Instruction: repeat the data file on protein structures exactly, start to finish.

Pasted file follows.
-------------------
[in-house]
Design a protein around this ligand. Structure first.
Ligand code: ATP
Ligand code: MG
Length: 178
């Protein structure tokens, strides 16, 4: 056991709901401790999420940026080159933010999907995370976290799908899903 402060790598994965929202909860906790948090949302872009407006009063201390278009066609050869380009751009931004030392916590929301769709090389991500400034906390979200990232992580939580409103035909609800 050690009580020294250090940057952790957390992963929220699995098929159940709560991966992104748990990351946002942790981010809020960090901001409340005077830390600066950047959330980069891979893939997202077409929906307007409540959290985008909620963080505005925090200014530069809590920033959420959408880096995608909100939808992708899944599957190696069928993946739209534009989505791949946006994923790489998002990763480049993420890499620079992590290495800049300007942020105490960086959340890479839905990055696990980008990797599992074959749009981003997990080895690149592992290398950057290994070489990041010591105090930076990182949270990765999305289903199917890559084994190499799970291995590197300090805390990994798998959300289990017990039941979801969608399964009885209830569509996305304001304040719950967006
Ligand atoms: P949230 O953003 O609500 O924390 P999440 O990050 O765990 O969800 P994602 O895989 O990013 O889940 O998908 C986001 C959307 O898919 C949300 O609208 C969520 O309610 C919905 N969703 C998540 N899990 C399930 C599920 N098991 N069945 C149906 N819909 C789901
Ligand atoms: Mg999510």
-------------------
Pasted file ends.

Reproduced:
[in-house]
Design a protein around this ligand. Structure first.
Ligand code: ATP
Ligand code: MG
Length: 178
């Protein structure tokens, strides 16, 4: 056991709901401790999420940026080159933010999907995370976290799908899903 402060790598994965929202909860906790948090949302872009407006009063201390278009066609050869380009751009931004030392916590929301769709090389991500400034906390979200990232992580939580409103035909609800 050690009580020294250090940057952790957390992963929220699995098929159940709560991966992104748990990351946002942790981010809020960090901001409340005077830390600066950047959330980069891979893939997202077409929906307007409540959290985008909620963080505005925090200014530069809590920033959420959408880096995608909100939808992708899944599957190696069928993946739209534009989505791949946006994923790489998002990763480049993420890499620079992590290495800049300007942020105490960086959340890479839905990055696990980008990797599992074959749009981003997990080895690149592992290398950057290994070489990041010591105090930076990182949270990765999305289903199917890559084994190499799970291995590197300090805390990994798998959300289990017990039941979801969608399964009885209830569509996305304001304040719950967006
Ligand atoms: P949230 O953003 O609500 O924390 P999440 O990050 O765990 O969800 P994602 O895989 O990013 O889940 O998908 C986001 C959307 O898919 C949300 O609208 C969520 O309610 C919905 N969703 C998540 N899990 C399930 C599920 N098991 N069945 C149906 N819909 C789901
Ligand atoms: Mg999510």